The schooling often requires little or no money up front. Instead of paying up-front tuition you will sign an agreement to work for the company for a specified amount of time after graduation, usually around a year, at a slightly lower rate of pay in order to pay for the training.

If you choose to quit working for the company before your year is up, they will normally require you to pay back a prorated amount of money for the schooling. The amount you pay back will be comparable to what you would have paid if you went to an independently owned school.

Company-sponsored training can be an excellent way to get your career underway if you can't afford the tuition up front for private schooling.

Dan Snyder's Comment
member avatar

G-town...

After an hour on the telephone with Schneider today, they darn near were at the front gate to take me to school in Alabama. It was some hard-core pressure techniques.. But Schneider definitely sends you to school on their dime.

G-Town's Comment
member avatar

G-town...

After an hour on the telephone with Schneider today, they darn near were at the front gate to take me to school in Alabama. It was some hard-core pressure techniques.. But Schneider definitely sends you to school on their dime.

Good to know, thanks. It's likely not their company school or run by them. The net result, you likely won't notice the difference.

Good luck.

Steve L.'s Comment
member avatar

I “live” in Florida panhandle and went to school in Milton. I’ve also seen a school in Jacksonville and there may be others. After I graduated, I went OTR with Schneider. They were great and I left on good terms. Btw; I only left for a Southeast regional position. Schneider was rock-solid for me and I’d do it all again the same. And I started by doing the HRTP right here and got my permit before school.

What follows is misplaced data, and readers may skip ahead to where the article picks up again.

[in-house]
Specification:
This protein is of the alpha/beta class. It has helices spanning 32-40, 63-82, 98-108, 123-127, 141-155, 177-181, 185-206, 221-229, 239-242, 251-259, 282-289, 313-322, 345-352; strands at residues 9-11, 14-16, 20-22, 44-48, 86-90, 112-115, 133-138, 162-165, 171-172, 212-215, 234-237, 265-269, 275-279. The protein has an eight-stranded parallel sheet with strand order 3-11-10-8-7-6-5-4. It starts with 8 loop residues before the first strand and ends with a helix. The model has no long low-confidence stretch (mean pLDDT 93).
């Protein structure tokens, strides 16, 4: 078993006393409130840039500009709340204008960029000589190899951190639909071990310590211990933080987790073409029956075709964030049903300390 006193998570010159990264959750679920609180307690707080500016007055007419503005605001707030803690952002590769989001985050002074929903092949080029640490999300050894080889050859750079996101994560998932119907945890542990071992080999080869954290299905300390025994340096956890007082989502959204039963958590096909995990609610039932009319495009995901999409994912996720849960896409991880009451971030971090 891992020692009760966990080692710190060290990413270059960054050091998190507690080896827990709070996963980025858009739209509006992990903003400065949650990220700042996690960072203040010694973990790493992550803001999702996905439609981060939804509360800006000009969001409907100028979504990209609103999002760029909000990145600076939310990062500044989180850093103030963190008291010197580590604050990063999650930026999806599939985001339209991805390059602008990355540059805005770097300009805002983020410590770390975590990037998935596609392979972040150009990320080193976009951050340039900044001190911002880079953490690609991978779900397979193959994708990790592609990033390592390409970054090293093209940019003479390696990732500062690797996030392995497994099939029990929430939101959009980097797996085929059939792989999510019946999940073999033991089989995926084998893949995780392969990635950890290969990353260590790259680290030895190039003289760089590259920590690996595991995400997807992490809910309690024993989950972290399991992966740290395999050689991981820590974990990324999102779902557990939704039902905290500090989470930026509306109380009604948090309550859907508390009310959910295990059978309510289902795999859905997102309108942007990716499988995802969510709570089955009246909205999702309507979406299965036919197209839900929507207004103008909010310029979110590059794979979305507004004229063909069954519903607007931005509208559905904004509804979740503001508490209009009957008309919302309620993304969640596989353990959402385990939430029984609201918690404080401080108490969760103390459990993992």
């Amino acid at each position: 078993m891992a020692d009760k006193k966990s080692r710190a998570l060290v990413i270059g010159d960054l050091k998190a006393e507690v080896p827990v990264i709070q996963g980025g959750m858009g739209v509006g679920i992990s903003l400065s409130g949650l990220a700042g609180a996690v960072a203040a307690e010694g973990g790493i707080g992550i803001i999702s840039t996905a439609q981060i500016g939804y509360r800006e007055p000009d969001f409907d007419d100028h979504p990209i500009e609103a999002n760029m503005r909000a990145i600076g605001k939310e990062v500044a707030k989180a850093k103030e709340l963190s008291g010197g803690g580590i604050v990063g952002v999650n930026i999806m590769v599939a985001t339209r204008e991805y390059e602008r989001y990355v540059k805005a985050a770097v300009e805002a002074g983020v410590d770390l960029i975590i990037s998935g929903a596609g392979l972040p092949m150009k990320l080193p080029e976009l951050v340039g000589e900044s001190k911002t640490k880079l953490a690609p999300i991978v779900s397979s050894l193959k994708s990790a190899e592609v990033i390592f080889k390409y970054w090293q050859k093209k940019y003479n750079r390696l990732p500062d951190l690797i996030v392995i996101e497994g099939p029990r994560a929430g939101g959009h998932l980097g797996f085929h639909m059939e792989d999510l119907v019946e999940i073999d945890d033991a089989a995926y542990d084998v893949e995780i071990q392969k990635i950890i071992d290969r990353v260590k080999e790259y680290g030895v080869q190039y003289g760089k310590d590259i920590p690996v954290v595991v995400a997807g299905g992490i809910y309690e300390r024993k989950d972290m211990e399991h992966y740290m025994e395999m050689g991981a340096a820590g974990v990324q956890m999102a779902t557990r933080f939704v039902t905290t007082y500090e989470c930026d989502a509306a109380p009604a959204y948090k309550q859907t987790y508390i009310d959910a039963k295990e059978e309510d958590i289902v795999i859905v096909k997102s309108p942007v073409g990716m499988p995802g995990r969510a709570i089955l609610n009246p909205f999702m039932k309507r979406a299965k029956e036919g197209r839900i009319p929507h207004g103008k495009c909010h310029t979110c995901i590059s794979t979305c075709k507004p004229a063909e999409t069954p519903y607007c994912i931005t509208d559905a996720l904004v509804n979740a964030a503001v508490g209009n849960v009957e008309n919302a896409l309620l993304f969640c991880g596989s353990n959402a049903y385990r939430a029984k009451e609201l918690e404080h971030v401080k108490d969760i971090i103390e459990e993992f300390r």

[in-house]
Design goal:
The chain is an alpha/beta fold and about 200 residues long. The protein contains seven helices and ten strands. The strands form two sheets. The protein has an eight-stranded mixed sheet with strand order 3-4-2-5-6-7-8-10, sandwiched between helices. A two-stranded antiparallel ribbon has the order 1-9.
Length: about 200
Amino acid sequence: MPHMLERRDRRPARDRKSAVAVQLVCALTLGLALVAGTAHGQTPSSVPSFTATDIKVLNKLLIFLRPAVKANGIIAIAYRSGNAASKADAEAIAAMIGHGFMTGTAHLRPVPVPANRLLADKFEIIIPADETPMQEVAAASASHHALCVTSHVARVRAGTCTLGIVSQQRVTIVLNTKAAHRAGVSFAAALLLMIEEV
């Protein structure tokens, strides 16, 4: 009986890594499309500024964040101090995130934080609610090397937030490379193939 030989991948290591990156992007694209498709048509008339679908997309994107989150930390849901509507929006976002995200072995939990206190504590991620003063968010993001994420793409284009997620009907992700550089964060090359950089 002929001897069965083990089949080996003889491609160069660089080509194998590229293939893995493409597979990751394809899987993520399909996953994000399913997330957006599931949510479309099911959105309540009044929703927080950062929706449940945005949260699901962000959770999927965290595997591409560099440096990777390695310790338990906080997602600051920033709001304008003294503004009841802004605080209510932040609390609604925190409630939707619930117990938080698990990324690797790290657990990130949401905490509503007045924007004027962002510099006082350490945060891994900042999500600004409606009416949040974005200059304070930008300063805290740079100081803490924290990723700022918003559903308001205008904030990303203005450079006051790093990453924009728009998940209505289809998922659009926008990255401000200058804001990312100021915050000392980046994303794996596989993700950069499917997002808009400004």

Good luck!

Regional:

Regional Route

Usually refers to a driver hauling freight within one particular region of the country. You might be in the "Southeast Regional Division" or "Midwest Regional". Regional route drivers often get home on the weekends which is one of the main appeals for this type of route.

OTR:

Over The Road

OTR driving normally means you'll be hauling freight to various customers throughout your company's hauling region. It often entails being gone from home for two to three weeks at a time.

Dan Snyder's Comment
member avatar

Steve,

You're probably the person I'm looking to talk to. I'm in Monticello.. I'm looking for any and all information I can get from someone fairly local.